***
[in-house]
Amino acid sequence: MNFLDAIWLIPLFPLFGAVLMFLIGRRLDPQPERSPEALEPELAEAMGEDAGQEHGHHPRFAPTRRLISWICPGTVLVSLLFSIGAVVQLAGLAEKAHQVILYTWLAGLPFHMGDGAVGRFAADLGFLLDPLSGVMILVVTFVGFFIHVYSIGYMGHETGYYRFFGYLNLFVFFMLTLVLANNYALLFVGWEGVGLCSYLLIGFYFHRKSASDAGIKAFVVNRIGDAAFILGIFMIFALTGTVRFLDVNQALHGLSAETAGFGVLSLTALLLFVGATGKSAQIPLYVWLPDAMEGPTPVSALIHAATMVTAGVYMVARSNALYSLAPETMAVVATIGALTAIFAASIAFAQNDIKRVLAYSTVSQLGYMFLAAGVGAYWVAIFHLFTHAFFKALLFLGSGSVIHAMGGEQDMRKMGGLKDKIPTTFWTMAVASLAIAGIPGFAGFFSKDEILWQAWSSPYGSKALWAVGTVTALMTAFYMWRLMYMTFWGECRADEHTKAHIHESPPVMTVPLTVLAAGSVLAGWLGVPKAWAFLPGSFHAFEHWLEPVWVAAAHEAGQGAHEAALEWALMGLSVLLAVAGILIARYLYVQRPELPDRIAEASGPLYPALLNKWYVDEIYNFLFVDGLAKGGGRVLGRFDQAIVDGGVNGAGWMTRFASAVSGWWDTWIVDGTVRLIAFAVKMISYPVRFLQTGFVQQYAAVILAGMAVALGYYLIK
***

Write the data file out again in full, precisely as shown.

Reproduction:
[in-house]
Amino acid sequence: MNFLDAIWLIPLFPLFGAVLMFLIGRRLDPQPERSPEALEPELAEAMGEDAGQEHGHHPRFAPTRRLISWICPGTVLVSLLFSIGAVVQLAGLAEKAHQVILYTWLAGLPFHMGDGAVGRFAADLGFLLDPLSGVMILVVTFVGFFIHVYSIGYMGHETGYYRFFGYLNLFVFFMLTLVLANNYALLFVGWEGVGLCSYLLIGFYFHRKSASDAGIKAFVVNRIGDAAFILGIFMIFALTGTVRFLDVNQALHGLSAETAGFGVLSLTALLLFVGATGKSAQIPLYVWLPDAMEGPTPVSALIHAATMVTAGVYMVARSNALYSLAPETMAVVATIGALTAIFAASIAFAQNDIKRVLAYSTVSQLGYMFLAAGVGAYWVAIFHLFTHAFFKALLFLGSGSVIHAMGGEQDMRKMGGLKDKIPTTFWTMAVASLAIAGIPGFAGFFSKDEILWQAWSSPYGSKALWAVGTVTALMTAFYMWRLMYMTFWGECRADEHTKAHIHESPPVMTVPLTVLAAGSVLAGWLGVPKAWAFLPGSFHAFEHWLEPVWVAAAHEAGQGAHEAALEWALMGLSVLLAVAGILIARYLYVQRPELPDRIAEASGPLYPALLNKWYVDEIYNFLFVDGLAKGGGRVLGRFDQAIVDGGVNGAGWMTRFASAVSGWWDTWIVDGTVRLIAFAVKMISYPVRFLQTGFVQQYAAVILAGMAVALGYYLIK